Motherboard on Thursday revealed that a “secretive” U.S. government vendor whose surveillance products are not publicly advertised has been marketing hidden cameras disguised as seemingly ordinary objects—vacuum cleaners, tree stumps, and tombstones—to the Federal Bureau of Investigation, among other law enforcement agencies and the military, in addition to, ahem, “select clients.”
Yes, that’s tombstone cams, because absolutely nothing is sacred.
The vendor, Special Services Group (SSG), was apparently none too pleased when Motherboard revealed that it planned to publish photographs and descriptions of the company’s surveillance toys. When reached for comment, SSG reportedly threatened to sue the tech publication, launched by VICE in 2009.
According to Motherboard, a brochure listing SSG’s products (starting at link from page 93) was obtained through public records requests filed with the Irvine Police Department in California.
Freddy Martinez, a policy analyst at government accountability group Open The Government, and Beryl Lipton, a reporter/researcher at the government transparency nonprofit MuckRock, both filed requests and obtained the SSG brochure, Motherboard said.
In warning the site not to disclose the brochure, SSG’s attorney reportedly claimed the document is protected under the International Traffic in Arms Regulations (ITAR), though the notice did point to any specific section of the law, which was enacted to regulate arms exports at the height of the Cold War.
ITAR does prohibit the public disclosure of certain technical data related to military munitions. It’s unlikely, however, that a camera designed to look like a baby car seat—an actual SSG product called a “Rapid Vehicle Deployment Kit”—is covered under the law, which encompasses a wide range of actual military equipment that can’t be replicated in a home garage, such as space launch vehicles, nuclear reactors, and anti-helicopter mines.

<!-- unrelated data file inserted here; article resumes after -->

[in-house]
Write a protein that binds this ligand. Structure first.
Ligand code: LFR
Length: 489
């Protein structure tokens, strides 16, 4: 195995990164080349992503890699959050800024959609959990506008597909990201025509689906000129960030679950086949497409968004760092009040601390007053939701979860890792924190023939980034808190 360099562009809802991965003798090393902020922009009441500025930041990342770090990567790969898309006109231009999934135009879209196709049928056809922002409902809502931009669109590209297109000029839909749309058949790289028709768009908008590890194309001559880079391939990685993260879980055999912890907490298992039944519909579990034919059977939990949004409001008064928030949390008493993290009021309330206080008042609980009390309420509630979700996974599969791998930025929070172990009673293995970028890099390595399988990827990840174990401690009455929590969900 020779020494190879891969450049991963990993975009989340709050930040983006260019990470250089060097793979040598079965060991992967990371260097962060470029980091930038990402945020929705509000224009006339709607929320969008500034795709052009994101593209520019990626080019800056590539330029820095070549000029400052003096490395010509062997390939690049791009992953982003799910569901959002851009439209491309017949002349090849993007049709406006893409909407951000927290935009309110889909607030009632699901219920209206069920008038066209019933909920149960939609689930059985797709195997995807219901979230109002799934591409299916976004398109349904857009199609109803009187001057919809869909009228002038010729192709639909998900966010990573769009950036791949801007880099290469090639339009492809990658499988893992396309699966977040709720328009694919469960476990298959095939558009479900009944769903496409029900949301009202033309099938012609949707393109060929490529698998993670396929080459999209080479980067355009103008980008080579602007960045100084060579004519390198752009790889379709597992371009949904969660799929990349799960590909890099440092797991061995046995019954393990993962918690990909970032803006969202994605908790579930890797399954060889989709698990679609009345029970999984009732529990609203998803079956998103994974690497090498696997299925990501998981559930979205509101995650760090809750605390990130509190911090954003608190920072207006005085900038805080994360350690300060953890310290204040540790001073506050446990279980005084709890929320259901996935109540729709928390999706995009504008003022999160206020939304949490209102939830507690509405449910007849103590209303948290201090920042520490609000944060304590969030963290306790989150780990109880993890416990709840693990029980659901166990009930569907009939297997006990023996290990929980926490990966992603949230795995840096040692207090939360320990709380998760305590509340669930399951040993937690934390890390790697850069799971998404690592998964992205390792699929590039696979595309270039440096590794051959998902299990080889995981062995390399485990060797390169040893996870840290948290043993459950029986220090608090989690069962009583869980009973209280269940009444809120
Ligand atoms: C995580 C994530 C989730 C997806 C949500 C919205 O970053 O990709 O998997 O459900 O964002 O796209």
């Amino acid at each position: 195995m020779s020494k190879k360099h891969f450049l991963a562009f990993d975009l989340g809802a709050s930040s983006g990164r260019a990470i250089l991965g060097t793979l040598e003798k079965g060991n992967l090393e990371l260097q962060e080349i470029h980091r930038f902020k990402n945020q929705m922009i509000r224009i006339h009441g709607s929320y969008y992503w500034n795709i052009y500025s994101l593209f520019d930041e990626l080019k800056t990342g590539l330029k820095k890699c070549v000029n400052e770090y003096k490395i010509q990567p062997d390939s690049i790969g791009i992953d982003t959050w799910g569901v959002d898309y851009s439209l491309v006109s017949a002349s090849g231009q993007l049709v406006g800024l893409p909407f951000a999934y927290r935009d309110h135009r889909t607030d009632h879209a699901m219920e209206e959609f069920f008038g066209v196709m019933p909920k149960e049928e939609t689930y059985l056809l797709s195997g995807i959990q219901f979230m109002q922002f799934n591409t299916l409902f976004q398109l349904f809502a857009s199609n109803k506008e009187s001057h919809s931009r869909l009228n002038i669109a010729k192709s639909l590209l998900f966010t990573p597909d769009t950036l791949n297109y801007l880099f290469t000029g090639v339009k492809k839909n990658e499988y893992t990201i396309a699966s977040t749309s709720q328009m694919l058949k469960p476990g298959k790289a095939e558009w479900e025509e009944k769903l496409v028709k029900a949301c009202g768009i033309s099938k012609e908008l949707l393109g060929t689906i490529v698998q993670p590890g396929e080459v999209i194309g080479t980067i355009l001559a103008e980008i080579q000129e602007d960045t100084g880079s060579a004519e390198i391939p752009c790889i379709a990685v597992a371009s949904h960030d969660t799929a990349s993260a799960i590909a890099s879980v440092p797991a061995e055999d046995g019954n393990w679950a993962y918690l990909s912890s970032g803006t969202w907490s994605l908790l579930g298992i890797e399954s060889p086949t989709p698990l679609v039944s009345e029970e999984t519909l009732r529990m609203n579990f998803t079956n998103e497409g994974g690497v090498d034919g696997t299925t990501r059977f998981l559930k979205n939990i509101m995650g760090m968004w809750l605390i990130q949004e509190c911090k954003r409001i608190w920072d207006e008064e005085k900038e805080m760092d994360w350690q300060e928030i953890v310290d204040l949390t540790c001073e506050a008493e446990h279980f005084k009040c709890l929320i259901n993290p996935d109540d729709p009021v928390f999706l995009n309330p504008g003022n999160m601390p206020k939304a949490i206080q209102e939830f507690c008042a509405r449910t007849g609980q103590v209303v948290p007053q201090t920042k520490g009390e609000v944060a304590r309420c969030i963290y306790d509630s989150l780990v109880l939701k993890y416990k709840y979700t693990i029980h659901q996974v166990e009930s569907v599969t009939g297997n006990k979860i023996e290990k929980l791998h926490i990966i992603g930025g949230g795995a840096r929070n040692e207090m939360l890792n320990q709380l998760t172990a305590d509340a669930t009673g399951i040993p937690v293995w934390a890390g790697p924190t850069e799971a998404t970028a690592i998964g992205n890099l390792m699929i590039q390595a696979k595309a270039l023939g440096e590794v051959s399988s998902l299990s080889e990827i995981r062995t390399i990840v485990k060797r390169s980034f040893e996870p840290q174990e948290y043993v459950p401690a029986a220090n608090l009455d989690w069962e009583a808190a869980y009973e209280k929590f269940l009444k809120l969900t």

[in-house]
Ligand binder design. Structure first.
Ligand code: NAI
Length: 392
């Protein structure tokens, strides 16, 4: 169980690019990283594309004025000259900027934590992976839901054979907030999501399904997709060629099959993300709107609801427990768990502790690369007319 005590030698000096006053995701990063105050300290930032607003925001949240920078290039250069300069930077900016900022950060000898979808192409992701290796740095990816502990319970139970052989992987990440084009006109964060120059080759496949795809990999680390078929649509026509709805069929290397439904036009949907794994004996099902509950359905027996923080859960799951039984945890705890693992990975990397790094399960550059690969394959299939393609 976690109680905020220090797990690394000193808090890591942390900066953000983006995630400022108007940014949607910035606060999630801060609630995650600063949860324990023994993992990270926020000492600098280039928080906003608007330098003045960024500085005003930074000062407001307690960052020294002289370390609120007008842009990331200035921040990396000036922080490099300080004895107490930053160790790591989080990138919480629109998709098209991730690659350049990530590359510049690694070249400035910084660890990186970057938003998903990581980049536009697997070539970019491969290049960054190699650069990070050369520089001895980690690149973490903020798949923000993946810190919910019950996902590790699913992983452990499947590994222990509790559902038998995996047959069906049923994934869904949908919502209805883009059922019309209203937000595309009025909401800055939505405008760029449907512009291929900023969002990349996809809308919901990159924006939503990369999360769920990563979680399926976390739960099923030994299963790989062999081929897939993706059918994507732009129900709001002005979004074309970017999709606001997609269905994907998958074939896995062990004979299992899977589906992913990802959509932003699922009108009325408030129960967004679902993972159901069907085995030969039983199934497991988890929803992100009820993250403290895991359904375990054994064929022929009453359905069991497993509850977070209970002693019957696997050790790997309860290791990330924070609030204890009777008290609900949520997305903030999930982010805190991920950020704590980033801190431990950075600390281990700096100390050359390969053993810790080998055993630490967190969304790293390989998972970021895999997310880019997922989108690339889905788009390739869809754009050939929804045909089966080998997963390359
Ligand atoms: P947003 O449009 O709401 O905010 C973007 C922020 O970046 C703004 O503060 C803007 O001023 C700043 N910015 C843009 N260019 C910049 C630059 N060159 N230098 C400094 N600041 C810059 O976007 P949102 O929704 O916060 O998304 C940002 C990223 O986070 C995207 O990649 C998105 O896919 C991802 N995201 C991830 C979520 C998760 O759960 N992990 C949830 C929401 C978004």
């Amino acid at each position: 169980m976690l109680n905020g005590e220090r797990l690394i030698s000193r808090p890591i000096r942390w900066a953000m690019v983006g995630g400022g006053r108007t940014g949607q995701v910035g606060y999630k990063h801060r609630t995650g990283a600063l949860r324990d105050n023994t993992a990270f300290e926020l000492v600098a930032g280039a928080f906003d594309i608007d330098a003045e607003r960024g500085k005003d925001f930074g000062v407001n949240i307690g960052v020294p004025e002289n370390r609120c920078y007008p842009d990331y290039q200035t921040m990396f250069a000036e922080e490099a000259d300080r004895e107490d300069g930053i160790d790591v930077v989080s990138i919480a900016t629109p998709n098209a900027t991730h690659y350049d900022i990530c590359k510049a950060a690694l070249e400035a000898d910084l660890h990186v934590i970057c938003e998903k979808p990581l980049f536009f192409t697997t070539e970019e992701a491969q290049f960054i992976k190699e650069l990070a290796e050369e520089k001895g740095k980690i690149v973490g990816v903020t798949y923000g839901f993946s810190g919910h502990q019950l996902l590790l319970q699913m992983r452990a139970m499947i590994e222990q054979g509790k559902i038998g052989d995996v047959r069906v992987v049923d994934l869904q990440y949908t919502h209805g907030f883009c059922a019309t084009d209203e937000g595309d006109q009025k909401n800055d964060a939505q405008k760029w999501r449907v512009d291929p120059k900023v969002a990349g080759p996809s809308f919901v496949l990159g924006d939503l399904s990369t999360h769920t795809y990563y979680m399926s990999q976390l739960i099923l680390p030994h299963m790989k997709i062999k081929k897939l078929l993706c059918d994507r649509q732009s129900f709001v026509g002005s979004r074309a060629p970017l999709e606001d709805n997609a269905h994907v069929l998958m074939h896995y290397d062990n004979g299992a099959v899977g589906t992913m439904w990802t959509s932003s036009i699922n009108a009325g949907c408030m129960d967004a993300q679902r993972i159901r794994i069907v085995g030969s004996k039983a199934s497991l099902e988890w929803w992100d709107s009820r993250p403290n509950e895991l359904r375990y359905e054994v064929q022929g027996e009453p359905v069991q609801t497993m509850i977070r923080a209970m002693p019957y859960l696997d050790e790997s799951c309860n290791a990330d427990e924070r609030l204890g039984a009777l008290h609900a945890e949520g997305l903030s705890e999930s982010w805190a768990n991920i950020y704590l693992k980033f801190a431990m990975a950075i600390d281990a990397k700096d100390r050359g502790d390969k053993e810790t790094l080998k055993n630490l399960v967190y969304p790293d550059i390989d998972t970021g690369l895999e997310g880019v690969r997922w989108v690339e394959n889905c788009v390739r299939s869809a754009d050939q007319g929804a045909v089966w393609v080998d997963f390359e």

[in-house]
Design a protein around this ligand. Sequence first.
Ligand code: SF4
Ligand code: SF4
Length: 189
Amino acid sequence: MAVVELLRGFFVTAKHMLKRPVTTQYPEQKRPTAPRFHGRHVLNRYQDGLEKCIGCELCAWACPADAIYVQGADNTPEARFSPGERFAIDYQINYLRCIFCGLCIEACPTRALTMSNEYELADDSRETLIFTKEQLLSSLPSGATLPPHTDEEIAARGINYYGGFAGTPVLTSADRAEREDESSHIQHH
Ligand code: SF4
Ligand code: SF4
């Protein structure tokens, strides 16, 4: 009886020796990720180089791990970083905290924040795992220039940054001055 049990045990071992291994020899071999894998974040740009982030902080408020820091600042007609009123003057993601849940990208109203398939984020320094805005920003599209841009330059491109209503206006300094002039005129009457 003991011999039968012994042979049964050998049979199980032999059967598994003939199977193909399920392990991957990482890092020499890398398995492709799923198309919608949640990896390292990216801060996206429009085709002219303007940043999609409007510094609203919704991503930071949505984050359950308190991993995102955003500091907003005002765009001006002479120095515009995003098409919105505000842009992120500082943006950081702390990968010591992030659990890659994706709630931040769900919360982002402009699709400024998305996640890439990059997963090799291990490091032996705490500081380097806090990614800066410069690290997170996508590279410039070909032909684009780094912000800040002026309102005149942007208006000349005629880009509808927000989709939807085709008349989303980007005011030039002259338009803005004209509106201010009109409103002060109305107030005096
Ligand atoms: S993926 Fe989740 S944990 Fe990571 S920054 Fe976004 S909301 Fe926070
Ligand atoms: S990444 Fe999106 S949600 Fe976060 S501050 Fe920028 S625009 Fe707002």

The California Public Records Act itself also includes an exemption that would have enabled the Irvine Police Department to legally withhold the brochure, had it determined the public interest served by not making it public outweighed the public interest served by disclosing it. It apparently did not.
The “strongly worded legal email” from SSG’s lawyer went on to suggest the brochure may include copyrighted material; a likely dubious claim considering the entire purpose of a brochure is to advertise a company’s wares. The document itself is obviously not a confidential internal record.
Motherboard declined to comment on the threat beyond what’s printed in its article.
Adam Marshall, an attorney at the Reporters Committee for Freedom of the Press, said SSG’s notice was likely just an attempt to scare Motherboard into squashing the story. Telling, he said, was SSG’s claim that the brochure “may” include information restricted under various laws—the release of which, it claimed, could subject Motherboard to civil, and potentially criminal, liability.
“They’re not saying it does; they’re saying it may,” Marshal said. “That’s a classic lawyer word, because, you know, anything might be anything.”
With regard to the copyright claim, publication of the brochure is also likely covered under fair use doctrine, which protects the unlicensed use of copyright-protected works.
“One of the factors in determining whether something is fair use or not is whether its publication is going to have a negative monetary effect on the person who owns the copyright,” Marshal said. “But in the case of a product catalogue, of course the whole point is to distribute it so people can see things. As far as I can tell, they don’t say they’re selling the catalogue itself.”
“In all honestly, the notice they sent seems like it’s intended to scare people into not publishing this and to dissuade them from doing so,” added Marshal. “Looking at the information, it’s clearly in the public interest, especially if they’re trying to sell this stuff to domestic law enforcement.”